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leadership, innovation. international cooperation, technological and human advancement. each time i visit the state department on the second floor, we have a hallway with photographs of all of the previous spokespeople and assistant secretaries and whenever i see major general collins photo up there i stand a little bit taller. being able to meet him and shake his hand today has been one of the great opportunities of my life and my son will be very jealous. >> so, on behalf of secretary pompeo and the state department community, i say thank you to major general collins. were enormously proud of the legacy of left at the department of state on earth and on the moon. we thank you for your service to our country and our world. it is now my deep honor to welcome major general collins to the stage. thank you.
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[ applause ] [ cheering and applause ] >> thank you. >> thank you . >> thank you, i am so thrilled to be able to speak with you about this and also your role in u.s. foreign relations more generally. to start things off i love to hear whether or not when you became an astronaut that if you had an impression of international significance of the program and if you were aware of your role as an ambassador or diplomat for the united states? >> i was in an astronaut until late in life. i started out in rome, i was born in rome and i thought it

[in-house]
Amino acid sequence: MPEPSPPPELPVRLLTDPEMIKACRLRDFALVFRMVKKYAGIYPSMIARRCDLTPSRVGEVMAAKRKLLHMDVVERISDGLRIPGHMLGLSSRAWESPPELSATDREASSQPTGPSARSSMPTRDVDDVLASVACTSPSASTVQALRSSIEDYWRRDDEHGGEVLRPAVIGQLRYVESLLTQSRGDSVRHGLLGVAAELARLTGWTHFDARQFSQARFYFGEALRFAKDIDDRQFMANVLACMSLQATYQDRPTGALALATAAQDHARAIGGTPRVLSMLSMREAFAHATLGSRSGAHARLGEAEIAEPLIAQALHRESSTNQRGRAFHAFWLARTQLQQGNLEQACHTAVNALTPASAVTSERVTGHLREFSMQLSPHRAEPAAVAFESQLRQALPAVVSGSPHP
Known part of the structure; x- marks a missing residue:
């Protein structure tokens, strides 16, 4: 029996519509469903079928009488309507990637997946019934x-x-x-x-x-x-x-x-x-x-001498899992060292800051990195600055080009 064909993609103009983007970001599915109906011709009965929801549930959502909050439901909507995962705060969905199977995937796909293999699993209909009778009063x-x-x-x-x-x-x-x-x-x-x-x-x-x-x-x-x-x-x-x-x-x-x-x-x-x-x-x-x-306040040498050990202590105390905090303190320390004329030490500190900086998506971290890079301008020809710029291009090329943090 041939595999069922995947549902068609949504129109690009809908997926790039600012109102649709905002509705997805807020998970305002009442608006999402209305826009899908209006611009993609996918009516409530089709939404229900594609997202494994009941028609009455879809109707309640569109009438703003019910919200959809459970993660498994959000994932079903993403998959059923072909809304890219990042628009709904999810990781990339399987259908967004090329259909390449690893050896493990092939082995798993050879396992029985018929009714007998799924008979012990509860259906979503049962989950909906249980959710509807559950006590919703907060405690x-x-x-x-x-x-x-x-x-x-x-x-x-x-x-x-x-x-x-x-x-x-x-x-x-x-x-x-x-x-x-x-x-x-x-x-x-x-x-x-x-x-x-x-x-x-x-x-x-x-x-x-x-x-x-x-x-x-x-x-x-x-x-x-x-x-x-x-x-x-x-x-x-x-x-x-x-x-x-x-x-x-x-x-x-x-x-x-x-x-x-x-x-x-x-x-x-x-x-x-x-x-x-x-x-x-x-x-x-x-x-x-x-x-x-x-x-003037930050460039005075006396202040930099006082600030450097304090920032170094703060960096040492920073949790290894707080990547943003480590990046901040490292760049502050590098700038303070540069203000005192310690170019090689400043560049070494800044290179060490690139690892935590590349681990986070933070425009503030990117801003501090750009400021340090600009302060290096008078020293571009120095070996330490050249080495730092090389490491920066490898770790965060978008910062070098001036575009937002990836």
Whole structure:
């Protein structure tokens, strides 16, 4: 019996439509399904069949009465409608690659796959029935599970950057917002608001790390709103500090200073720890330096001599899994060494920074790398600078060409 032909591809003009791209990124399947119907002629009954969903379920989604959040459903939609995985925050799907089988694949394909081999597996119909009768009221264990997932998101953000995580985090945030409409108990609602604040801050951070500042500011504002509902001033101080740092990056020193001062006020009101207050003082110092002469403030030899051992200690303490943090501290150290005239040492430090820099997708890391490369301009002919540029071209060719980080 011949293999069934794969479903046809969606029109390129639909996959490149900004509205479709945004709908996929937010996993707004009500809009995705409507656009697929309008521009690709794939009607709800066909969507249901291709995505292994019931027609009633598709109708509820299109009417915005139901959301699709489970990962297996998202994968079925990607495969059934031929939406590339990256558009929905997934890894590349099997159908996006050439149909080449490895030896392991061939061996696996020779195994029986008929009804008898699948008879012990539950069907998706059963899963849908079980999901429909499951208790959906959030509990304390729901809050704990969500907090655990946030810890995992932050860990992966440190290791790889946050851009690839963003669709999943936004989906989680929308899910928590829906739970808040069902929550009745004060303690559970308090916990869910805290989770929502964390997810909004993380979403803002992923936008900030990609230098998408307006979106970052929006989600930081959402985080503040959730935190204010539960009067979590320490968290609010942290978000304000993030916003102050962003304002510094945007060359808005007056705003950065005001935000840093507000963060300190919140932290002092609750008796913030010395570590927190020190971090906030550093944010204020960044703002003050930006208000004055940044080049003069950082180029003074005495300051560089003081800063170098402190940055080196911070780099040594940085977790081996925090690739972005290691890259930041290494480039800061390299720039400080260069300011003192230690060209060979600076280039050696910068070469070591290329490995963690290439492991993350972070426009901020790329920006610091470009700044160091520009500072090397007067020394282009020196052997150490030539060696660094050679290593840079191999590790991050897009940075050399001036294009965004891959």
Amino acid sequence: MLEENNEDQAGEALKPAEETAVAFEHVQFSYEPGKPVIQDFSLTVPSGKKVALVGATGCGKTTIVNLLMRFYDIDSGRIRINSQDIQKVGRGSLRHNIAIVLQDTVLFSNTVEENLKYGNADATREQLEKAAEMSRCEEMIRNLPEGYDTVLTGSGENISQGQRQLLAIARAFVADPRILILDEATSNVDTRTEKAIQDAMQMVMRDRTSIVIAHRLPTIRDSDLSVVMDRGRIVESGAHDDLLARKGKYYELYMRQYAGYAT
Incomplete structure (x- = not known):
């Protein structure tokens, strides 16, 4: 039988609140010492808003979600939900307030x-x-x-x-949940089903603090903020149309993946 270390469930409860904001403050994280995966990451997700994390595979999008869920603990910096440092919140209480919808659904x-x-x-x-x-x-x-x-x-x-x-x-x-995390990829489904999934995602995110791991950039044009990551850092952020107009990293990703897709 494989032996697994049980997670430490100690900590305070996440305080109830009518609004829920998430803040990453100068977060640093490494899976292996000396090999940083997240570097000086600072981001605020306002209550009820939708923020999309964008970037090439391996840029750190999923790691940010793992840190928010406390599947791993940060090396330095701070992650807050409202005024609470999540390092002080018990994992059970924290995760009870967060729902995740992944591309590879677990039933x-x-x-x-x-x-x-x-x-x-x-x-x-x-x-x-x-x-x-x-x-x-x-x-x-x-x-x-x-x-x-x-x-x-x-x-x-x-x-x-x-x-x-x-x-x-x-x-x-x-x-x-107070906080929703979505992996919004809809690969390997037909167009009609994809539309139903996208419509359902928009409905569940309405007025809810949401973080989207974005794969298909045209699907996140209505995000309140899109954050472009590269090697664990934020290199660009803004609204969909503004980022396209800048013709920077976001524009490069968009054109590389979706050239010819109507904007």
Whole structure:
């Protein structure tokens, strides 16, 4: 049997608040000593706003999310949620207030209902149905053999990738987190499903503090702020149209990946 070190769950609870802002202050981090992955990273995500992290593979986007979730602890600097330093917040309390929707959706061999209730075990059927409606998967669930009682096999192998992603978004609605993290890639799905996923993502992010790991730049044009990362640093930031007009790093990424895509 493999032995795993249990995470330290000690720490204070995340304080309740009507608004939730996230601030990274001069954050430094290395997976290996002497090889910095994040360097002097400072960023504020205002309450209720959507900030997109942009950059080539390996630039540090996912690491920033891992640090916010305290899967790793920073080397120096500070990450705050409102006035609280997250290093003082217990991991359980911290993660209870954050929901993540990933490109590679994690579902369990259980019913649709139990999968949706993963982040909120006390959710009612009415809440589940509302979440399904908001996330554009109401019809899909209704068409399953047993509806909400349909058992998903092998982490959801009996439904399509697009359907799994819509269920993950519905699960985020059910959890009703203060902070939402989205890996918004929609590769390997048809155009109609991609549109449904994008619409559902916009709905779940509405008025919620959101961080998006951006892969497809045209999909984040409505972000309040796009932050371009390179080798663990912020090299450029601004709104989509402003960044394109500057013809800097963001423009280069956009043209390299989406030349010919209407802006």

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was a military attachi at the embassy. my mother was not employed but she had a mantra and it was diplomacy as the first line of defense and i don't hear that much anymore but the more i cogitate on it the truer and more important it is so it's an honor for me to be here at the state department to see old friends and many new friends doing this important work now, on to your question i'm sorry you wanted to know what i thought 50 years ago [ laughter ] and the answer is i've forgotten but, help me out a little bit . >> well, did you expect that you would be an ambassador and you would have a role in supporting american diplomacy as part of your role as an astronaut? >> when i was in active duty astronauts i was more worried about what would happen in the
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next two days sometimes the next 15 minutes but mostly i pushed my horizon way out, perhaps for today's but they didn't have a concept of the entire procedure, the national effort, i was very busy with the day-to-day tasks trying to get down the production line, past all the hurdles, to have it come through flawlessly and those details. i really wasn't too cognizant of the world going on around me. later on as you pointed out, after the flight, they were privileged to make this around the world trip to 29 cities i